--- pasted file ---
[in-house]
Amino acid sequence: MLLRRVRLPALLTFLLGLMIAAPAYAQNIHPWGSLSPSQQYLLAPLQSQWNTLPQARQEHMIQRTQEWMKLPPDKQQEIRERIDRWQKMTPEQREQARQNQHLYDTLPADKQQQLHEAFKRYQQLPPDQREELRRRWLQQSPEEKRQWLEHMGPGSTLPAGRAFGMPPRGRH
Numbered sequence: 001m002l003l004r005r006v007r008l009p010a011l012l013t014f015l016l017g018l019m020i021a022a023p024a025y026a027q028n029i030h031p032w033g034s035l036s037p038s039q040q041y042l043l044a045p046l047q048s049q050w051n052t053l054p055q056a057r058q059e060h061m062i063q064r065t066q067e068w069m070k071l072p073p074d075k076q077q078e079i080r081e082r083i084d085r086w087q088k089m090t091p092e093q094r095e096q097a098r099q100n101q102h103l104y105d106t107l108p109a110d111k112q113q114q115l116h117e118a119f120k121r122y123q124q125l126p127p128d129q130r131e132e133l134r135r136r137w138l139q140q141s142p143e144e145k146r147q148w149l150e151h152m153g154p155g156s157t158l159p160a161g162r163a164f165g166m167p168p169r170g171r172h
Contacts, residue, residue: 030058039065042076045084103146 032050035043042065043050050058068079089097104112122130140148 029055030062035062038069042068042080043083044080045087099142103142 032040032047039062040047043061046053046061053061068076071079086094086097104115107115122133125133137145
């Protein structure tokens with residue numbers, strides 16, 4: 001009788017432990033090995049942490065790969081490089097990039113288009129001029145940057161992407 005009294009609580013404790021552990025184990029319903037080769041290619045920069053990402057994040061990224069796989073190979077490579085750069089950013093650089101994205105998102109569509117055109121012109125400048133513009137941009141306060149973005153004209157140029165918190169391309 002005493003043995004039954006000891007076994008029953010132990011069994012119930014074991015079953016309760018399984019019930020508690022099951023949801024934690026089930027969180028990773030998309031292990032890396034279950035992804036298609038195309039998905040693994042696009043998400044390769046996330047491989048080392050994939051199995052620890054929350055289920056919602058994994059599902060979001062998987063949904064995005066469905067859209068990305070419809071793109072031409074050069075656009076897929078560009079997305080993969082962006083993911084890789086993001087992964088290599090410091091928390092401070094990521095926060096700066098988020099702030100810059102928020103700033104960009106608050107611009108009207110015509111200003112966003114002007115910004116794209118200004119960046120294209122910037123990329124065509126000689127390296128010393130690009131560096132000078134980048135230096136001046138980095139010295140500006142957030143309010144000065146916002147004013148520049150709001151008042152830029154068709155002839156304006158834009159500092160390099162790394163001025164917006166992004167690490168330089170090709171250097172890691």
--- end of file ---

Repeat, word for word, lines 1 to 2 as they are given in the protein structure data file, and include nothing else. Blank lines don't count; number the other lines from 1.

[in-house]
Amino acid sequence: MLLRRVRLPALLTFLLGLMIAAPAYAQNIHPWGSLSPSQQYLLAPLQSQWNTLPQARQEHMIQRTQEWMKLPPDKQQEIRERIDRWQKMTPEQREQARQNQHLYDTLPADKQQQLHEAFKRYQQLPPDQREELRRRWLQQSPEEKRQWLEHMGPGSTLPAGRAFGMPPRGRH